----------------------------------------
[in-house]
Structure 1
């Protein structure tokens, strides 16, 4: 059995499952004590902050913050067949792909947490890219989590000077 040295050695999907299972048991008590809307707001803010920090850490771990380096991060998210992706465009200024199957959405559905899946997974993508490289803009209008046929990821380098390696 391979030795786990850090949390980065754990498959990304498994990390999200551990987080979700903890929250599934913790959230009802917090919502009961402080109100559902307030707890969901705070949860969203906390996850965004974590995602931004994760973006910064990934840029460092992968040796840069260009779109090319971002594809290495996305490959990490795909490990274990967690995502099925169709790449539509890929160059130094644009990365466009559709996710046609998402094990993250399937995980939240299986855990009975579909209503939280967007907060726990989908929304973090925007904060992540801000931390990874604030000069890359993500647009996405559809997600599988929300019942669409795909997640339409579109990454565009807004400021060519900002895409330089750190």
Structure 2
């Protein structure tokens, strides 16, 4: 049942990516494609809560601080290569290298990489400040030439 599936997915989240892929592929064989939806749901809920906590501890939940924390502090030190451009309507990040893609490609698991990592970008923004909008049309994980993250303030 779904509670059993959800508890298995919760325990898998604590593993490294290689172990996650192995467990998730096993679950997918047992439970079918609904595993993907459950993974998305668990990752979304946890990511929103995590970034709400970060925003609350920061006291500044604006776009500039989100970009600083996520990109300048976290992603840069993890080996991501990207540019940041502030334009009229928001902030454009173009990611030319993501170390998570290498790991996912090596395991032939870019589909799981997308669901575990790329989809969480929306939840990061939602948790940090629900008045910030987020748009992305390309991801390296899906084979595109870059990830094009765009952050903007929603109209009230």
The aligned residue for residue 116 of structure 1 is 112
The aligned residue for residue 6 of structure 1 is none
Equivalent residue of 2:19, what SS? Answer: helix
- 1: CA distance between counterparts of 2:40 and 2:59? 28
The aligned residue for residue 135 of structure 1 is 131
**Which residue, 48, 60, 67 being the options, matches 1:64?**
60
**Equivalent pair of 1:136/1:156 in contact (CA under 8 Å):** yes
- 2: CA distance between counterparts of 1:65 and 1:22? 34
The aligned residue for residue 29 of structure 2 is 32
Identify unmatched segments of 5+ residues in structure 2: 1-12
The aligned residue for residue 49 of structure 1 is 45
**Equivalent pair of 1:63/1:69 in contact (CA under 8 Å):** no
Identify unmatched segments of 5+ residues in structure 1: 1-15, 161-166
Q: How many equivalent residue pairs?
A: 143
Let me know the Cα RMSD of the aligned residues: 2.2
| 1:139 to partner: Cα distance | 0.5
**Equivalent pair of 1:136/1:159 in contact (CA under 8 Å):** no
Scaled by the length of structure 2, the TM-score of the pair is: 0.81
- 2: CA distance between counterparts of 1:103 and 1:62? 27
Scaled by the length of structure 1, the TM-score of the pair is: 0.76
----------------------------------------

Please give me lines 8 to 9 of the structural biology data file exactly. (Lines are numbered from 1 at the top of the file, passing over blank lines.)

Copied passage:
Equivalent residue of 2:19, what SS? Answer: helix
- 1: CA distance between counterparts of 2:40 and 2:59? 28